through the states, the General Government, instead of
interfering with the state governments within their
proper spheres of action, will afford (particularly to
those states situated in the interior,) the only means of
perfecting improvements of similar description, which,
properly belong to them.
These principles being fixed, it only remained to ap-
ply them to our actual geographical position, to deter-
mine what particular routes were of " national impor-
tance," and which, accordingly, the board should be di-
rected to examine, in order to cause surveys, plans, and
estimates, to be prepared, as directed by the act.
rt e first and most important, was conceived to be the
route tor a canal extending from the seat of government,
by the Potomac, to the Ohio river, and thence to Lake
Erie ; and accordingly, as soon as the board was organi-
zed, it was ordered to examine and cause this important
route to be surveyed. Dr. William Howard and Mr. James
Shriver, both of whom were well acquainted with the
localities of the route, were, associated as assistants with
the board. Two topographical brigades (all that could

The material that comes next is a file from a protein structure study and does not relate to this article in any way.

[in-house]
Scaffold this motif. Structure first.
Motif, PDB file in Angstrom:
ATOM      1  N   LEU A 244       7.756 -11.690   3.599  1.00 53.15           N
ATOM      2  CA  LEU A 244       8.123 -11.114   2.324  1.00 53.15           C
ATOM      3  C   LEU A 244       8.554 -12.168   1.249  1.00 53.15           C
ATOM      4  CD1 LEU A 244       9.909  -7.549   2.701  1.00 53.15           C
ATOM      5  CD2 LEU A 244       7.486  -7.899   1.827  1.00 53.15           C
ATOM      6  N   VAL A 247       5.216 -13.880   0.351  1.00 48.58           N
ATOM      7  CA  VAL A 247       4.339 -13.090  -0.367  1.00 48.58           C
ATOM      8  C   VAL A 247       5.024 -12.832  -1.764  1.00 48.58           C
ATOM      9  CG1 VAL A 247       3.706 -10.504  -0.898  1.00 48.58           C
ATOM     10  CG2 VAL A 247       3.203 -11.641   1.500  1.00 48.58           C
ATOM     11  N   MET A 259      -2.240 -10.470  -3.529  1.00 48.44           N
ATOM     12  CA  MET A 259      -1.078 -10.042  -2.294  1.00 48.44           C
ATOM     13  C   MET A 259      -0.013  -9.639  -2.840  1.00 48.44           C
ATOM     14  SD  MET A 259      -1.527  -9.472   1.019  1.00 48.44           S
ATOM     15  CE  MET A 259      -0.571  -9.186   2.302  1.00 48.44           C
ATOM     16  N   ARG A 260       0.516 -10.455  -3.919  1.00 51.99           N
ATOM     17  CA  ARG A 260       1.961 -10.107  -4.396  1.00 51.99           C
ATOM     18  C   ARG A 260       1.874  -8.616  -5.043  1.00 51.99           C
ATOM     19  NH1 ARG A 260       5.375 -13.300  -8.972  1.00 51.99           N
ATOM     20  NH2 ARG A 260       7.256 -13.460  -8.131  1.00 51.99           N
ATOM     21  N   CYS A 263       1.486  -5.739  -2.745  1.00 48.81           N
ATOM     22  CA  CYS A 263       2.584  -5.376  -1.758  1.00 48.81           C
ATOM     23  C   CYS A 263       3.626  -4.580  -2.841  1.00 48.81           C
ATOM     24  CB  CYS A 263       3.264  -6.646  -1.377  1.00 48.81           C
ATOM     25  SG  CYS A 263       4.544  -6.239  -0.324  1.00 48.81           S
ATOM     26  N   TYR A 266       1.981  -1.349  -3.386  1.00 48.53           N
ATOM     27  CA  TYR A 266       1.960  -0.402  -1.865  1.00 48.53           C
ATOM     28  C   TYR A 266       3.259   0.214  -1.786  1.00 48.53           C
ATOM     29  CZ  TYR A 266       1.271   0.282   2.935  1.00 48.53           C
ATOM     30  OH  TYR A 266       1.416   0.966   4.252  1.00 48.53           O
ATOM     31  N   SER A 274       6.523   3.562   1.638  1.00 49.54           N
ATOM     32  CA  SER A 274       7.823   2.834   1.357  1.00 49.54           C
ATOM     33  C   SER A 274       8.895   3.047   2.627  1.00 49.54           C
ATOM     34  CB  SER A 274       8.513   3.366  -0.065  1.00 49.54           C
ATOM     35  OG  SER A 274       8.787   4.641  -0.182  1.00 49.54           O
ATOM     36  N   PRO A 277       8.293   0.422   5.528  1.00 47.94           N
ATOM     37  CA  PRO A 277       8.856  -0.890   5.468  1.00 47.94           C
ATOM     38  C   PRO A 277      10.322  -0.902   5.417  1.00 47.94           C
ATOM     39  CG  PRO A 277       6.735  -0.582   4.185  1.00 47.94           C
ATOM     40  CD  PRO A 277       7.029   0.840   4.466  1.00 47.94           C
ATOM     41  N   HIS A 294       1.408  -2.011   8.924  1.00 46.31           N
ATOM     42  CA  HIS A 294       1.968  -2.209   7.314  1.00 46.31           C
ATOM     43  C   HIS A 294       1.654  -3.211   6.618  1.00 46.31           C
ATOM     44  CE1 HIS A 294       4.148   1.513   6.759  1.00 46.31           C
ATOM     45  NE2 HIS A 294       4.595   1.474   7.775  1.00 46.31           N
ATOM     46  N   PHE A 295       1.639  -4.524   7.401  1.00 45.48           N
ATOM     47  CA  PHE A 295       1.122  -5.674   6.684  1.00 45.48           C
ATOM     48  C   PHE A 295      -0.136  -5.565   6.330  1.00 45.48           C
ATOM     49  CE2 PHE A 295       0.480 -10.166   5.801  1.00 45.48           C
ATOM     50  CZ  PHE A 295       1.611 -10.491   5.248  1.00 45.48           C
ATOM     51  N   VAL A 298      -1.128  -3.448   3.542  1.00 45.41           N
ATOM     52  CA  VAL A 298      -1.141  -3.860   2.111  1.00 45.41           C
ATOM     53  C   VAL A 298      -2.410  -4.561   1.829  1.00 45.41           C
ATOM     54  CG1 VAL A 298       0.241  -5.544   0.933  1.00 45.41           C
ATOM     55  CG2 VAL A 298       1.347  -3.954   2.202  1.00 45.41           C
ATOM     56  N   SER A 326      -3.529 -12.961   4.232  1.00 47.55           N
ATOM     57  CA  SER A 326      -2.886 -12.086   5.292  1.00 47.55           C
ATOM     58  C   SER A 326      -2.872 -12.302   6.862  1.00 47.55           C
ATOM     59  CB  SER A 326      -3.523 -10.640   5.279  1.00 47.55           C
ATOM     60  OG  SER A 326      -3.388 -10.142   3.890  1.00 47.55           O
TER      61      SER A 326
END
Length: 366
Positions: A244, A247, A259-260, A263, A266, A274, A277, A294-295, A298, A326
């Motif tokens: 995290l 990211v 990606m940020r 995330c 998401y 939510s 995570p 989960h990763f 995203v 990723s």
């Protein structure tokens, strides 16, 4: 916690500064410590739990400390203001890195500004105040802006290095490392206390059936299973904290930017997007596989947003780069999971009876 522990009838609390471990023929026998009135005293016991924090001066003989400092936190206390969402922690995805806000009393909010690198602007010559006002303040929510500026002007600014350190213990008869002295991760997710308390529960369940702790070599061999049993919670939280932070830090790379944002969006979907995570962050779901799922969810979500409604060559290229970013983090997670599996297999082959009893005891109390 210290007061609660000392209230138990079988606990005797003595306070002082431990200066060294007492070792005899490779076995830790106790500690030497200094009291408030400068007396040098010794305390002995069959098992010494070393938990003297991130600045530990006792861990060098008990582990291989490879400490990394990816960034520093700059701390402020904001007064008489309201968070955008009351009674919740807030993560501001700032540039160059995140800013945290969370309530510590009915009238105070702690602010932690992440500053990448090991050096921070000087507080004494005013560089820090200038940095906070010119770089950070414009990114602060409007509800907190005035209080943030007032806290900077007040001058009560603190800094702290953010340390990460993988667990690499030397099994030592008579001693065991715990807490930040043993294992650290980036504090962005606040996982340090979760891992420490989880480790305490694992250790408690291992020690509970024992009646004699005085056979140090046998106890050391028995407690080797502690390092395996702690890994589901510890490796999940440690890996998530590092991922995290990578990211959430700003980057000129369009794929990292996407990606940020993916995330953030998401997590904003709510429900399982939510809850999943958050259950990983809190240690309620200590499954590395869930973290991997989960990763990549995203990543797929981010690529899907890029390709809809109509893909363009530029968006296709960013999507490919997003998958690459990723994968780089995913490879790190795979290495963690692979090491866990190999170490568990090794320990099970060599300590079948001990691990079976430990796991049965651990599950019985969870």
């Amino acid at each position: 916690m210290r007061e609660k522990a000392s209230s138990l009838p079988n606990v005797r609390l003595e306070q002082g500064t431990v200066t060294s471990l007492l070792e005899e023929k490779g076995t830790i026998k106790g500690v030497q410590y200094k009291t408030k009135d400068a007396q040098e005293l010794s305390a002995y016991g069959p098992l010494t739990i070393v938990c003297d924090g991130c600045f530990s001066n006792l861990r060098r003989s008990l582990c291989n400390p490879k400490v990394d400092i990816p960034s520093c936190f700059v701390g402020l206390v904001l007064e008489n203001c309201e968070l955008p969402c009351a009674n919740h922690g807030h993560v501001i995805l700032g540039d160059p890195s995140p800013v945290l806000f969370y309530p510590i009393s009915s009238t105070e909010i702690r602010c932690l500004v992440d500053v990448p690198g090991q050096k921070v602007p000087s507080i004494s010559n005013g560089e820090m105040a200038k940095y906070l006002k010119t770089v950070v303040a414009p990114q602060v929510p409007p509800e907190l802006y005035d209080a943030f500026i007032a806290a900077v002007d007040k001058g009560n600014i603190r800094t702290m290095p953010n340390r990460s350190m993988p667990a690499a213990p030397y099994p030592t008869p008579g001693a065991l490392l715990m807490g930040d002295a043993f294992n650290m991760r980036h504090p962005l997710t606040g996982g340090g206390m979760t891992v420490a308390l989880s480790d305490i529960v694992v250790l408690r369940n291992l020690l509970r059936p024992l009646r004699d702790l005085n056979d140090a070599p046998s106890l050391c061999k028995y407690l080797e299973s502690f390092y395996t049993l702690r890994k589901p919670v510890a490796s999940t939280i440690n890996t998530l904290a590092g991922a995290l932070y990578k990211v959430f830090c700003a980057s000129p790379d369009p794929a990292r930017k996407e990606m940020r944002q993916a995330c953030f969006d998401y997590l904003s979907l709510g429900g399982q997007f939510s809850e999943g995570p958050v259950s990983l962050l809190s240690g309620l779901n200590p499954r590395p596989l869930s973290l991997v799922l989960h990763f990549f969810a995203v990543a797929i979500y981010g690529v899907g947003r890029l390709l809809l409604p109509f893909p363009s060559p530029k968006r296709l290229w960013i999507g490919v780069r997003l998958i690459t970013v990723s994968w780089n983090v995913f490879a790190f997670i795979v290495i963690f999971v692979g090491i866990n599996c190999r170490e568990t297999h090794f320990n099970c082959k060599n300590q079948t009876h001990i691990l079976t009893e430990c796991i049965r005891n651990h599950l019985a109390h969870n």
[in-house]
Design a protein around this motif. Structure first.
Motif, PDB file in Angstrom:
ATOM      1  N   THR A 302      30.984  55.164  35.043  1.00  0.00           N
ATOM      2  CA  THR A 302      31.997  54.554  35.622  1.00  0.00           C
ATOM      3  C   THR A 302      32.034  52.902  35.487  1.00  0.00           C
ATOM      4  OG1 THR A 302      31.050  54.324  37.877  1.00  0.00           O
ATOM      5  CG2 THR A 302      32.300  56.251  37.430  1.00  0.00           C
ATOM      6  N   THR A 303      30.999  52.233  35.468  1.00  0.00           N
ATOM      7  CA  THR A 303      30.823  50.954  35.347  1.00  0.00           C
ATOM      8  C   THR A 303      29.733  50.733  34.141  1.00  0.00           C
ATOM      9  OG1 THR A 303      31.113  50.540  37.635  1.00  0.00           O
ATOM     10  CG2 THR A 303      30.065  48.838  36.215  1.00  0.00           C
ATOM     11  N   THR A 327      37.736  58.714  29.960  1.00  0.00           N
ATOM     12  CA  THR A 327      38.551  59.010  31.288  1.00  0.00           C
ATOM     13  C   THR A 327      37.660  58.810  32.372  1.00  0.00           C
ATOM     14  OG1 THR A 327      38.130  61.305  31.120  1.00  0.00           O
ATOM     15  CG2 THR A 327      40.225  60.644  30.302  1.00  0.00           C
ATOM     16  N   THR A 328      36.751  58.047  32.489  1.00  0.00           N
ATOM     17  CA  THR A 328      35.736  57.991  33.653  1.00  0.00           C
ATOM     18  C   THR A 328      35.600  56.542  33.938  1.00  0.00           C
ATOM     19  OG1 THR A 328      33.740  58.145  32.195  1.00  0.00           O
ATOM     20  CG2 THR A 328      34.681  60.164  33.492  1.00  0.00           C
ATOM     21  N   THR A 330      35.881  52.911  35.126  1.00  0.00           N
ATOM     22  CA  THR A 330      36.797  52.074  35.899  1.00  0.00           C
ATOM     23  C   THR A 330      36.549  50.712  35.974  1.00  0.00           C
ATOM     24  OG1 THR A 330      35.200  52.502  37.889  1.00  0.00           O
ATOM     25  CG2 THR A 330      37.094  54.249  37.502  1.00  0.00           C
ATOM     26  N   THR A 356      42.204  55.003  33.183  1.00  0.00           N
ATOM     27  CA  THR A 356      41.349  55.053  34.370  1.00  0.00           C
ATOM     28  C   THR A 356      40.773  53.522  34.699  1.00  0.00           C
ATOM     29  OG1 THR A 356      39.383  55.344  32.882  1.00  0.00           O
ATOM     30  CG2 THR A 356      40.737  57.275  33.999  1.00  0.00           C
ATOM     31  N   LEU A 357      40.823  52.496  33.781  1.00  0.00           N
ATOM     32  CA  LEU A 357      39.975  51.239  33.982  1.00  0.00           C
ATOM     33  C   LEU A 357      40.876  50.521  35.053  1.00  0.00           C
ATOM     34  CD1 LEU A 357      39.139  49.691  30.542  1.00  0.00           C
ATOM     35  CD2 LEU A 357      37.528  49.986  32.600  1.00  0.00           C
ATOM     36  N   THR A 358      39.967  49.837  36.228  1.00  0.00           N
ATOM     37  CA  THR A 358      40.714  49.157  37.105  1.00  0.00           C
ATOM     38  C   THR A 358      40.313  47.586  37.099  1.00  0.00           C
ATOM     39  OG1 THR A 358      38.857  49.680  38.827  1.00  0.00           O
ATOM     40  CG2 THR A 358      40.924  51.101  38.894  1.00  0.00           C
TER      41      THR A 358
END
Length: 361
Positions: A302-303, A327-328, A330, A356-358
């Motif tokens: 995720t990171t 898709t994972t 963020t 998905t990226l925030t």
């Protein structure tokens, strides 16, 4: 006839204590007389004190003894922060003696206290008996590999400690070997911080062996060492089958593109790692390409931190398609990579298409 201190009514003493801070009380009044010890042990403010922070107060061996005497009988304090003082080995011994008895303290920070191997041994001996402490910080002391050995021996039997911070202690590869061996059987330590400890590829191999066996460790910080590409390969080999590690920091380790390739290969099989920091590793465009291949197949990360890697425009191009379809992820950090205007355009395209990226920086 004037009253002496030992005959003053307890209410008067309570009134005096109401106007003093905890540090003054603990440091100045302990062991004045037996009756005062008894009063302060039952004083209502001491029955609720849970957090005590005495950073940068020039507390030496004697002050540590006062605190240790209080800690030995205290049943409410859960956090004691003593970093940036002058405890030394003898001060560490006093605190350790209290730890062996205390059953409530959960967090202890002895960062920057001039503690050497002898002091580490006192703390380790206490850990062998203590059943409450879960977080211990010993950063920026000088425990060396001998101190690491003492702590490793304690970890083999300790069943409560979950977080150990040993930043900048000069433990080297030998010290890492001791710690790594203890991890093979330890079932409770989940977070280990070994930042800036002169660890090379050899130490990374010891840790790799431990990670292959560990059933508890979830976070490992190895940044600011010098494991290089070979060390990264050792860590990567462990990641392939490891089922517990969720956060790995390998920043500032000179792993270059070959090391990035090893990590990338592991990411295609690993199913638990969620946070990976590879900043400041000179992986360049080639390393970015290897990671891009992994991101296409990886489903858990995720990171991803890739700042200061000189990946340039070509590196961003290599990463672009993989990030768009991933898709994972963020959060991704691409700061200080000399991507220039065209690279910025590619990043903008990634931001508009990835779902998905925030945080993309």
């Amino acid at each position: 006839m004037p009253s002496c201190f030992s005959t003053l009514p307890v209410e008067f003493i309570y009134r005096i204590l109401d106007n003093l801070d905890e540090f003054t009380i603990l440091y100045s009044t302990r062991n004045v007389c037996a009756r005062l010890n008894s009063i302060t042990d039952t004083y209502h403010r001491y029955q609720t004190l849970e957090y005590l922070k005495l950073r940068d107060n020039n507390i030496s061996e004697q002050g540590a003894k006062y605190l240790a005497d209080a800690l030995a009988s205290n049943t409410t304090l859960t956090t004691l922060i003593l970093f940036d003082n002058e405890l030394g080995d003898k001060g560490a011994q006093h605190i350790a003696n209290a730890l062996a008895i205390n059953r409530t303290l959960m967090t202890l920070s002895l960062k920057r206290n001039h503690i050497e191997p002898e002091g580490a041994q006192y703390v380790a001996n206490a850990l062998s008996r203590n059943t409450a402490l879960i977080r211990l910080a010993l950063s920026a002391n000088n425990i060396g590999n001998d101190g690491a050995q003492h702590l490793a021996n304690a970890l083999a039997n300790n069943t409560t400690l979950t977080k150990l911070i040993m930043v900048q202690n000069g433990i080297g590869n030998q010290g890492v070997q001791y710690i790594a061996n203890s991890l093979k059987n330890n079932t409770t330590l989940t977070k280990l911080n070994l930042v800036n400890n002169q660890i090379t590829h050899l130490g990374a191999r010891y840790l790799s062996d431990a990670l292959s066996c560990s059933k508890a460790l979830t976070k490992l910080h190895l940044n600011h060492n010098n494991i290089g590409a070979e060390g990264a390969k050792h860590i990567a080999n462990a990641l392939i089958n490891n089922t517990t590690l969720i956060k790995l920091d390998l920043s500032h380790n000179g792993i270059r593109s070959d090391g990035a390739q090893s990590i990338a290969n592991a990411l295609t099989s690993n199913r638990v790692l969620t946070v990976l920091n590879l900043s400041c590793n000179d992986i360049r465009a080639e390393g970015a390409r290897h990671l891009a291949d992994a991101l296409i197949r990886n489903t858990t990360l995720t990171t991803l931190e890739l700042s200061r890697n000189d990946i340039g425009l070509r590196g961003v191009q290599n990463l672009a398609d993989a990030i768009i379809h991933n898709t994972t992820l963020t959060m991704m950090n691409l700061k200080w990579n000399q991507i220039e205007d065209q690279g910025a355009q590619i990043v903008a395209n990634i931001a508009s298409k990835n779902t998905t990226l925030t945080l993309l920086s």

be spared from the survey of the coast, for the purpose
of fortification,) and one brigade of surveyors, under Mr.
Shriver, were placed under the orders of thtf board.
The examination cf the route was completed in Sep-
tember ; but the survey will not be finished till the next
season. That part of it, however, which is most inter-
esting, the section of the summit level of tile Alleghany, .
including its eastern slope, is completed, which, it is
hoped, will enable the board to determine, during the
present winter, on the practicability of the project.
Should it prove practicable, its execution would be of in-
calculable advantage to the counlpy. It would bind to-
gether, by the strongest bond of common interest and
security, a very large portion of this Onion : but, in order
fully to realise its " importance in a national point of
view," it will be necessary to advert to some of the
more striking geographical features of our country.
The United States may be considered, in a geographi-
cal point of view, as consisting of three distinct parts'; of
which the portion extending along the shores of the At-
lantic, and back to the Alleghany mount iins, constitutes
one ; that lying- on the Lakes and the St. Lawrence ano-
ther ; and that watered by the Mississippi, including- its
various branches, the other. These several portions are
very distinctly marked by well defined lines, and have
naturally but little connexion, particularly in a commer-
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Gales, Joseph, 1761-1841. Register of Debates in Congress, Comprising the Leading Debates and Incidents of the Second Session of the Eighteenth Congress, book, 1825; Washington D.C.. (digital.library.unt.edu/ark:/67531/metadc30752/m1/404/: accessed February 20, 2017), University of North Texas Libraries, Digital Library, digital.library.unt.edu; crediting UNT Libraries Government Documents Department.